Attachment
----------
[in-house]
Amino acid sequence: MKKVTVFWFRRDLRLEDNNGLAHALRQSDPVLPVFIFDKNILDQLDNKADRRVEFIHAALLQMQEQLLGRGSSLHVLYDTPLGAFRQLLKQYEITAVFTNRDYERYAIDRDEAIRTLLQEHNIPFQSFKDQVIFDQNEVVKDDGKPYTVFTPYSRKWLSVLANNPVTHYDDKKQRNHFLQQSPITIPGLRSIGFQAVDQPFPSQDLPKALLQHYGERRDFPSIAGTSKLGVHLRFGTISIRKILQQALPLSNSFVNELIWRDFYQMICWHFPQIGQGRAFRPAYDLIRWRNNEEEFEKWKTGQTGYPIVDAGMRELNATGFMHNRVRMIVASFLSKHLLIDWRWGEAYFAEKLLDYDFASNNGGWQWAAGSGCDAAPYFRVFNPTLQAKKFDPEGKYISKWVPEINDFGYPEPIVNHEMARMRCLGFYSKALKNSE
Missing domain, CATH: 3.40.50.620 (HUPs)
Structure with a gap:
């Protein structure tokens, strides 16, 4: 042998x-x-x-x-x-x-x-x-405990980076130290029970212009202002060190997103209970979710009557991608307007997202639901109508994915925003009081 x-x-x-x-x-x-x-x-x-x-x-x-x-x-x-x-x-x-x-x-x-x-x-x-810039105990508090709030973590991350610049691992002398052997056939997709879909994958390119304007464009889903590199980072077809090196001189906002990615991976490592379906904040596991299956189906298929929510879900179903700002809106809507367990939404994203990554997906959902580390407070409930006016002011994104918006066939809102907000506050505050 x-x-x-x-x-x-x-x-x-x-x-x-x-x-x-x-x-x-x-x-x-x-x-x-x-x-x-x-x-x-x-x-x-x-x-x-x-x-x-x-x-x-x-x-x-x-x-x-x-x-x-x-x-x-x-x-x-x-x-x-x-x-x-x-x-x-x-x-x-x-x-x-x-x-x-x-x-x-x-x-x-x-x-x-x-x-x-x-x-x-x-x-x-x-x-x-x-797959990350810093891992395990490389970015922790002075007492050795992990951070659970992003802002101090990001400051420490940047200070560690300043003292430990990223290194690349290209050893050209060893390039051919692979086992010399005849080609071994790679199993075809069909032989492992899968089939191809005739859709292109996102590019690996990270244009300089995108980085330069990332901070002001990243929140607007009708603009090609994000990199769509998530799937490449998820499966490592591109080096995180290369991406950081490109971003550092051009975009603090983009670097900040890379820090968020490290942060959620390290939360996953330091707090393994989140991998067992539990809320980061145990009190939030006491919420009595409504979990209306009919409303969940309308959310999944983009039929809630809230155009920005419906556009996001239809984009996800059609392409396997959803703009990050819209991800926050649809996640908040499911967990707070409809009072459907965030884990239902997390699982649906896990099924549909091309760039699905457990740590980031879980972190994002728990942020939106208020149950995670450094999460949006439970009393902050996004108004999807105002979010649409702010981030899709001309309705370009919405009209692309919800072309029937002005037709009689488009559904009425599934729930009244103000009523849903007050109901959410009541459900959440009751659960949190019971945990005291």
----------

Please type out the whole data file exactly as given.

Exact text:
[in-house]
Amino acid sequence: MKKVTVFWFRRDLRLEDNNGLAHALRQSDPVLPVFIFDKNILDQLDNKADRRVEFIHAALLQMQEQLLGRGSSLHVLYDTPLGAFRQLLKQYEITAVFTNRDYERYAIDRDEAIRTLLQEHNIPFQSFKDQVIFDQNEVVKDDGKPYTVFTPYSRKWLSVLANNPVTHYDDKKQRNHFLQQSPITIPGLRSIGFQAVDQPFPSQDLPKALLQHYGERRDFPSIAGTSKLGVHLRFGTISIRKILQQALPLSNSFVNELIWRDFYQMICWHFPQIGQGRAFRPAYDLIRWRNNEEEFEKWKTGQTGYPIVDAGMRELNATGFMHNRVRMIVASFLSKHLLIDWRWGEAYFAEKLLDYDFASNNGGWQWAAGSGCDAAPYFRVFNPTLQAKKFDPEGKYISKWVPEINDFGYPEPIVNHEMARMRCLGFYSKALKNSE
Missing domain, CATH: 3.40.50.620 (HUPs)
Structure with a gap:
């Protein structure tokens, strides 16, 4: 042998x-x-x-x-x-x-x-x-405990980076130290029970212009202002060190997103209970979710009557991608307007997202639901109508994915925003009081 x-x-x-x-x-x-x-x-x-x-x-x-x-x-x-x-x-x-x-x-x-x-x-x-810039105990508090709030973590991350610049691992002398052997056939997709879909994958390119304007464009889903590199980072077809090196001189906002990615991976490592379906904040596991299956189906298929929510879900179903700002809106809507367990939404994203990554997906959902580390407070409930006016002011994104918006066939809102907000506050505050 x-x-x-x-x-x-x-x-x-x-x-x-x-x-x-x-x-x-x-x-x-x-x-x-x-x-x-x-x-x-x-x-x-x-x-x-x-x-x-x-x-x-x-x-x-x-x-x-x-x-x-x-x-x-x-x-x-x-x-x-x-x-x-x-x-x-x-x-x-x-x-x-x-x-x-x-x-x-x-x-x-x-x-x-x-x-x-x-x-x-x-x-x-x-x-x-x-797959990350810093891992395990490389970015922790002075007492050795992990951070659970992003802002101090990001400051420490940047200070560690300043003292430990990223290194690349290209050893050209060893390039051919692979086992010399005849080609071994790679199993075809069909032989492992899968089939191809005739859709292109996102590019690996990270244009300089995108980085330069990332901070002001990243929140607007009708603009090609994000990199769509998530799937490449998820499966490592591109080096995180290369991406950081490109971003550092051009975009603090983009670097900040890379820090968020490290942060959620390290939360996953330091707090393994989140991998067992539990809320980061145990009190939030006491919420009595409504979990209306009919409303969940309308959310999944983009039929809630809230155009920005419906556009996001239809984009996800059609392409396997959803703009990050819209991800926050649809996640908040499911967990707070409809009072459907965030884990239902997390699982649906896990099924549909091309760039699905457990740590980031879980972190994002728990942020939106208020149950995670450094999460949006439970009393902050996004108004999807105002979010649409702010981030899709001309309705370009919405009209692309919800072309029937002005037709009689488009559904009425599934729930009244103000009523849903007050109901959410009541459900959440009751659960949190019971945990005291």